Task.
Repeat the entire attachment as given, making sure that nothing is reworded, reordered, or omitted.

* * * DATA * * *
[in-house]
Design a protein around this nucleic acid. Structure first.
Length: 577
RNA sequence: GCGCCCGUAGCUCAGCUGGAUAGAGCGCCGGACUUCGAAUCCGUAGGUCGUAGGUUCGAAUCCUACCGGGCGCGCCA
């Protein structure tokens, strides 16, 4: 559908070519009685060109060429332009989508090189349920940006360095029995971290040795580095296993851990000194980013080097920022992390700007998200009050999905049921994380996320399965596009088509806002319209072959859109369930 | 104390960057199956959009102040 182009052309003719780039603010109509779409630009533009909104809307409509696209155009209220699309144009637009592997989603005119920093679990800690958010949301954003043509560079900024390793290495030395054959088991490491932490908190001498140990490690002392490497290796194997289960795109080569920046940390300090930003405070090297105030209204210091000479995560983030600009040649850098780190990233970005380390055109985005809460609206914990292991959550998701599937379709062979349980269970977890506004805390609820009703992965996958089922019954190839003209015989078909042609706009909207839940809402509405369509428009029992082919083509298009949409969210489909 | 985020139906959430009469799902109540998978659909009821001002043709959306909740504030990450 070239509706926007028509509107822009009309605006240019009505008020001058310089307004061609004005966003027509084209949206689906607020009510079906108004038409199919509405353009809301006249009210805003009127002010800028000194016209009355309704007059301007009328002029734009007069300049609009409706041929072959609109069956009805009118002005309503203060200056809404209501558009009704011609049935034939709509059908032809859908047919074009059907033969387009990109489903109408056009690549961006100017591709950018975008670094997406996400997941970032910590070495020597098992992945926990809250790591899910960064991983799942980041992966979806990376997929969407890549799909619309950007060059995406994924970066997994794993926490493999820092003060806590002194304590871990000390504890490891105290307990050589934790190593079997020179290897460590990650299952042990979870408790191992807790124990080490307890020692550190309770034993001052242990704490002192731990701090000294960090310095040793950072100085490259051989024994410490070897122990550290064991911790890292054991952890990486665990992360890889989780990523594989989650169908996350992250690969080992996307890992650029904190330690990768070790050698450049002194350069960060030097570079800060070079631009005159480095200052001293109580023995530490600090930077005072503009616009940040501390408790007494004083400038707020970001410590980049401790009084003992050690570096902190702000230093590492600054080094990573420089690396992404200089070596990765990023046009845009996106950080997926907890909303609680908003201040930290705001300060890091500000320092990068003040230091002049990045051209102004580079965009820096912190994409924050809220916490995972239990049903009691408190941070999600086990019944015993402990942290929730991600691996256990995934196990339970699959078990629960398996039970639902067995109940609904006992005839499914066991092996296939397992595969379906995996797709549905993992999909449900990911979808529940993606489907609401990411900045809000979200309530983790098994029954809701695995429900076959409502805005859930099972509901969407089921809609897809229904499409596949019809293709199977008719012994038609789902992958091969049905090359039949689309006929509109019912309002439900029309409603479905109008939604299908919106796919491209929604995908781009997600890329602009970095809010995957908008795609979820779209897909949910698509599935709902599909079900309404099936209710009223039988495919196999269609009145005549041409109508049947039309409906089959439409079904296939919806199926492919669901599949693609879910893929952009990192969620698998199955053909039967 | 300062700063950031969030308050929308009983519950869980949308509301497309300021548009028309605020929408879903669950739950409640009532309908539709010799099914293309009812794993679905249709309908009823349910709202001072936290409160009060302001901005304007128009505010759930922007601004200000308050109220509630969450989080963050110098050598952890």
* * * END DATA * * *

[in-house]
Design a protein around this nucleic acid. Structure first.
Length: 577
RNA sequence: GCGCCCGUAGCUCAGCUGGAUAGAGCGCCGGACUUCGAAUCCGUAGGUCGUAGGUUCGAAUCCUACCGGGCGCGCCA
């Protein structure tokens, strides 16, 4: 559908070519009685060109060429332009989508090189349920940006360095029995971290040795580095296993851990000194980013080097920022992390700007998200009050999905049921994380996320399965596009088509806002319209072959859109369930 | 104390960057199956959009102040 182009052309003719780039603010109509779409630009533009909104809307409509696209155009209220699309144009637009592997989603005119920093679990800690958010949301954003043509560079900024390793290495030395054959088991490491932490908190001498140990490690002392490497290796194997289960795109080569920046940390300090930003405070090297105030209204210091000479995560983030600009040649850098780190990233970005380390055109985005809460609206914990292991959550998701599937379709062979349980269970977890506004805390609820009703992965996958089922019954190839003209015989078909042609706009909207839940809402509405369509428009029992082919083509298009949409969210489909 | 985020139906959430009469799902109540998978659909009821001002043709959306909740504030990450 070239509706926007028509509107822009009309605006240019009505008020001058310089307004061609004005966003027509084209949206689906607020009510079906108004038409199919509405353009809301006249009210805003009127002010800028000194016209009355309704007059301007009328002029734009007069300049609009409706041929072959609109069956009805009118002005309503203060200056809404209501558009009704011609049935034939709509059908032809859908047919074009059907033969387009990109489903109408056009690549961006100017591709950018975008670094997406996400997941970032910590070495020597098992992945926990809250790591899910960064991983799942980041992966979806990376997929969407890549799909619309950007060059995406994924970066997994794993926490493999820092003060806590002194304590871990000390504890490891105290307990050589934790190593079997020179290897460590990650299952042990979870408790191992807790124990080490307890020692550190309770034993001052242990704490002192731990701090000294960090310095040793950072100085490259051989024994410490070897122990550290064991911790890292054991952890990486665990992360890889989780990523594989989650169908996350992250690969080992996307890992650029904190330690990768070790050698450049002194350069960060030097570079800060070079631009005159480095200052001293109580023995530490600090930077005072503009616009940040501390408790007494004083400038707020970001410590980049401790009084003992050690570096902190702000230093590492600054080094990573420089690396992404200089070596990765990023046009845009996106950080997926907890909303609680908003201040930290705001300060890091500000320092990068003040230091002049990045051209102004580079965009820096912190994409924050809220916490995972239990049903009691408190941070999600086990019944015993402990942290929730991600691996256990995934196990339970699959078990629960398996039970639902067995109940609904006992005839499914066991092996296939397992595969379906995996797709549905993992999909449900990911979808529940993606489907609401990411900045809000979200309530983790098994029954809701695995429900076959409502805005859930099972509901969407089921809609897809229904499409596949019809293709199977008719012994038609789902992958091969049905090359039949689309006929509109019912309002439900029309409603479905109008939604299908919106796919491209929604995908781009997600890329602009970095809010995957908008795609979820779209897909949910698509599935709902599909079900309404099936209710009223039988495919196999269609009145005549041409109508049947039309409906089959439409079904296939919806199926492919669901599949693609879910893929952009990192969620698998199955053909039967 | 300062700063950031969030308050929308009983519950869980949308509301497309300021548009028309605020929408879903669950739950409640009532309908539709010799099914293309009812794993679905249709309908009823349910709202001072936290409160009060302001901005304007128009505010759930922007601004200000308050109220509630969450989080963050110098050598952890």